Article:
photo by Evan Zimmerman for MurphyMade
In some ways, Elvie Ellis has been preparing for his role as Judas his whole life. From discovering Jesus Christ Superstar in college and recently singing the opening track on a weekly basis in hopes of joining a production of the show, it’s safe to say this show was meant to be for Ellis. Below, he talks about why this show is so special and beloved over 50 years since it began, and how he prepares to be a part of the experience each night. Philadelphia can witness this one-of-a-kind Broadway rock opera in Philadelphia through May 7th.
Q: Tell me about your initial experience with Jesus Christ Superstar, when did you first discover the show or the music?
A: My first encounter with Jesus Christ Superstar was my sophomore year of college at the University of Oklahoma. The College of Fine Arts did this huge production called The Music of Andrew Lloyd Webber and “Superstar” was the opening number. While I had solos in the show, I sang in the choir on that number, and I remember being in awe of my classmate who sang the Judas solo. At that time if you would have told me that years later I would be singing that song 8x a week I would have laughed in your face!
Q: This is the 50th anniversary tour of Jesus Christ Superstar, why do you think the show is still going strong after half a century?
A: Jesus Christ Superstar is one of the most iconic pieces of work in the musical theatre canon, and in contemporary music in general. Because the show was originally a rock album before it was staged, there are so many people who identify with it, even if they don’t consider themselves “theatre people”. Add to that a tale as old as time, some unbelievably high singing, and a splash of controversy depending on the viewers’ interpretation, and you’ve got yourself an instant classic.
Q: How do you prepare for a role like Judas?
A: Pray, drink water, sleep 12 hours a day, and pray some more. In all seriousness, Judas is known as one of the most difficult and demanding vocal roles for the male voice in musical theatre. I had been preparing to do this role long before I got the call that said I had booked the show. For at least three years I sang “Heaven On Their Minds”, the opening number of the show and one of the hardest songs for Judas, on a weekly basis hoping and praying for someone to do a production of JCS that I could be a part of. In terms of the character itself, I really had to rethink everything I thought I knew about Judas. Growing up in the church I had always seen him as the big bad guy of the gospel story, but in order to bring something deeper to the character I had to ask myself what were Judas’ motivations for his actions, and try to imagine Elvie the actor in the same set of circumstances to see how I would react. I also did a lot of research – I listened to podcasts and read articles that helped me see Judas the person, instead of just Judas, the betrayer.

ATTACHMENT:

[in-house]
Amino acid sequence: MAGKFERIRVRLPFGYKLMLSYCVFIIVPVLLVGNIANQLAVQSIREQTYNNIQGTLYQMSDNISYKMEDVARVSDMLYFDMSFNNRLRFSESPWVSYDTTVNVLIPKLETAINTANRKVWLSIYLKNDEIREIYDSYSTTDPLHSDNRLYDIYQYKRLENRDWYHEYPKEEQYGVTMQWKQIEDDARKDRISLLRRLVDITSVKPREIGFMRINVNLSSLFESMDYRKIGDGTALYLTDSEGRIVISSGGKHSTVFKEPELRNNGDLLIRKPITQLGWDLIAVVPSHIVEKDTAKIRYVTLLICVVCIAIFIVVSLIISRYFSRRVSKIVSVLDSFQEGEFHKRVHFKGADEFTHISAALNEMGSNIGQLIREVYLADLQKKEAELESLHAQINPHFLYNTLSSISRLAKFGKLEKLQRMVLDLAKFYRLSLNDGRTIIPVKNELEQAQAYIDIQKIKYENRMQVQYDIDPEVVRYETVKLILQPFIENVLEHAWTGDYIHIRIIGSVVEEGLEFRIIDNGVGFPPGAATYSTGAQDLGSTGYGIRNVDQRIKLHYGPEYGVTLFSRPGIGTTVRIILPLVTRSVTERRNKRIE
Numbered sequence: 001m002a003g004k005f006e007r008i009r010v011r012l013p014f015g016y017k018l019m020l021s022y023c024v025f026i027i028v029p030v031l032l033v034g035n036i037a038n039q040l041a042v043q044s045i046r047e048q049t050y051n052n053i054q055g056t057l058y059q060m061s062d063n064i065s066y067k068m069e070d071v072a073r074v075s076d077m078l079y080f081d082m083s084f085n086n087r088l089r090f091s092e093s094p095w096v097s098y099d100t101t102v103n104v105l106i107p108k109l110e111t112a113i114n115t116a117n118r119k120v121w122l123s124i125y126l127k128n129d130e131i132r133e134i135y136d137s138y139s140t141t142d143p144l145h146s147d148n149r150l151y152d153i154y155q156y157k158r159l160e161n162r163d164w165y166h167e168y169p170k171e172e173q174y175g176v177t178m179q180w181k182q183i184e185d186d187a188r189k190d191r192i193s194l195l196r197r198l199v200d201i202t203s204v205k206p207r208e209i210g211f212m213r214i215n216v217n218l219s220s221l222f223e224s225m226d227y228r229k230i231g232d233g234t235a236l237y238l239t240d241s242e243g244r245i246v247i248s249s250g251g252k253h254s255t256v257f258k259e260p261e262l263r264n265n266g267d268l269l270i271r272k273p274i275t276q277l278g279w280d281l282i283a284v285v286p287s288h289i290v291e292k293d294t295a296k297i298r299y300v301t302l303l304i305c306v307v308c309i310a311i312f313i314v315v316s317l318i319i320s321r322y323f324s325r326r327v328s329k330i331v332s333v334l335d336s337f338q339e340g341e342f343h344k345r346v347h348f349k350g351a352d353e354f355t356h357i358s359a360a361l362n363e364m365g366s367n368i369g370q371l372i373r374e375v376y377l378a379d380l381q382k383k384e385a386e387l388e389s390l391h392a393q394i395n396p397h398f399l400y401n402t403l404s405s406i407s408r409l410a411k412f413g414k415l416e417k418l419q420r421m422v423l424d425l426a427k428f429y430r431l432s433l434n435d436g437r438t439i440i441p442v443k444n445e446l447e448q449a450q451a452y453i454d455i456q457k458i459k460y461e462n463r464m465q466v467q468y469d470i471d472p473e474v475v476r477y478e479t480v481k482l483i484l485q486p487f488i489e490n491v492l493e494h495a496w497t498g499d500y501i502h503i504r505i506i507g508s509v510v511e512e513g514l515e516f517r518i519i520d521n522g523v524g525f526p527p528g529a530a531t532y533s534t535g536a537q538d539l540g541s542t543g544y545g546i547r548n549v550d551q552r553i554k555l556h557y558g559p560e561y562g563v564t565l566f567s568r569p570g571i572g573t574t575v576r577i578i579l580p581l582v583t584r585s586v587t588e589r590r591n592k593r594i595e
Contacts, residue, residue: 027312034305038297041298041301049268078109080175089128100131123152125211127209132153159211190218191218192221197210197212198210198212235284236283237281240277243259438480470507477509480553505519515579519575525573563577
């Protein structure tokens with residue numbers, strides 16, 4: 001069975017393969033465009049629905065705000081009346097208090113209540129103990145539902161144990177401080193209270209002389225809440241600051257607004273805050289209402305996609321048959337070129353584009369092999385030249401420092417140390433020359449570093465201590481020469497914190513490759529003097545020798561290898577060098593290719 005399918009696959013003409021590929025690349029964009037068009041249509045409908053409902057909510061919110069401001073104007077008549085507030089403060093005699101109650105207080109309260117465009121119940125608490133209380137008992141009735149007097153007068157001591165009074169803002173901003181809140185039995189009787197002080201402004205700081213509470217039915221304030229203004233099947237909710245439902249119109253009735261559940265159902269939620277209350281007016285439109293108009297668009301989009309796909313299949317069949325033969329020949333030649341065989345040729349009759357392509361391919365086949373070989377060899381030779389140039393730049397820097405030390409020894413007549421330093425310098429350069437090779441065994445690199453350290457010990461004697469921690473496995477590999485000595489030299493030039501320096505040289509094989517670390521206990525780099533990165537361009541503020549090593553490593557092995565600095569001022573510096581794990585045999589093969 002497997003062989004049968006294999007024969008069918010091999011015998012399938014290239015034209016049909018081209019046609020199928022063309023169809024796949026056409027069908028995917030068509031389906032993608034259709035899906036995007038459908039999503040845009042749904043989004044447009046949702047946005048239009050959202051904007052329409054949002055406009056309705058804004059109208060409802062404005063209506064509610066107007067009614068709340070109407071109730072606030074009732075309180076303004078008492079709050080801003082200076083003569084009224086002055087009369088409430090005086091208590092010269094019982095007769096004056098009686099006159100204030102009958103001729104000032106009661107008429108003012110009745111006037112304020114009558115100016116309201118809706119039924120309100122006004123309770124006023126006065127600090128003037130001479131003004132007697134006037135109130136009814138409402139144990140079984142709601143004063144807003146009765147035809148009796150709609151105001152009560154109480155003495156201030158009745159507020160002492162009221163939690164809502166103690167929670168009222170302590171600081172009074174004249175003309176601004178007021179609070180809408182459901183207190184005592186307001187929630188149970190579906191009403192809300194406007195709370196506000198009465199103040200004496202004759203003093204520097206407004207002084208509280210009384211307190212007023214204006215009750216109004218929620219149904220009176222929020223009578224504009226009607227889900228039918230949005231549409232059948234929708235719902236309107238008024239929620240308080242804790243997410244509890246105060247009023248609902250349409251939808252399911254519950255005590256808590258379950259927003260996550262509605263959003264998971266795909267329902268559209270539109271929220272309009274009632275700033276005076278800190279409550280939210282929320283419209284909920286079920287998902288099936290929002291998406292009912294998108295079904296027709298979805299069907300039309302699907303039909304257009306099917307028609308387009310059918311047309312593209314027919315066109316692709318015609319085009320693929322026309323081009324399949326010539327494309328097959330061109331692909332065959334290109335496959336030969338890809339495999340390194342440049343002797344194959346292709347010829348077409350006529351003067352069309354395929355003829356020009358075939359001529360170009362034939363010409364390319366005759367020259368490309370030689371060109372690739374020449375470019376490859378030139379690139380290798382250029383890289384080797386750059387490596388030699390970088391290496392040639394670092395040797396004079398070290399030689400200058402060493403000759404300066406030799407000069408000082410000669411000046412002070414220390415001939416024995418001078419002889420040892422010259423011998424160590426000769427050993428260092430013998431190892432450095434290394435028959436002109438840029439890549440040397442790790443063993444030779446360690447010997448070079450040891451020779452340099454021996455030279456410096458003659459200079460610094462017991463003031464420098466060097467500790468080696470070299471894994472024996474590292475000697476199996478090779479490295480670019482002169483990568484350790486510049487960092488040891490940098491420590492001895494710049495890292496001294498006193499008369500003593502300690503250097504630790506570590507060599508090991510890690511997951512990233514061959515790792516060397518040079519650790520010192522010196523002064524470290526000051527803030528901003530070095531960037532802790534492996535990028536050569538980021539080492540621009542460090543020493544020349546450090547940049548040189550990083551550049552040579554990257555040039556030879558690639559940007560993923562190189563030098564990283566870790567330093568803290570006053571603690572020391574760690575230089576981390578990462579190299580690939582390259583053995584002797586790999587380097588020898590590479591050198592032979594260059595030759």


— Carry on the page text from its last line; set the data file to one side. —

Q: As a rock-opera, how does Jesus Christ Superstar differ from other musicals we may have seen this season?|A: JCS is a fast-paced, 90-minute, rock musical concert that starts at a 10 and pretty much stays there the entire time. There is no intermission in our show, and the show is sung-through, meaning the story is told through music alone with no spoken dialogue. Inspired by the 1971 concept album, commonly referred to as “The Brown Album”, it’s as if our show starts by putting the needle down on the vinyl record, and we don’t stop until the very end. Audiences can expect all of the drama of a stereotypical opera, and the glitz and glamour of rock concert, all rolled into one.
Q: What’s your favorite song in the show?
A: Easily, I’d have to say my favorite song in the show is “The Last Supper”. Without giving too much away, it features an argument between Jesus and Judas, and every single time Jack Hopewell (who play Jesus) and I get to this part of the show, it feels like it’s happening for the very first time. The music and staging of that song evokes such a raw and present emotion almost every time I leave the stage I have to really catch my breath and remind myself that it’s all make believe.
Q: Jesus Christ Superstar last played Philadelphia in 2009…why do you hope musical theatre fans come back to see it again?
A: I hope people come to see Jesus Christ Superstar because this telling of the story is truly unlike any other that has been done. Brilliantly crafted by Olivier Award winning director and choreographer Tim Sheader and Drew McOnie respectively, this production for JCS will leave the audience reeling and questioning just about everything they thought they know about the Gospel Story. There’s no strange interpretation on display (not set in the modern day on Wall Street, or in a post-apocalyptic society), but the audience might leaving wondering if what they saw took place in 1st century Judea, or yesterday on TV. This production is timeless, and the focus is on the music, which illuminates the relationships between the characters and the true human nature of every person involved. I hope people come see the show to see a fresh take on an old classic.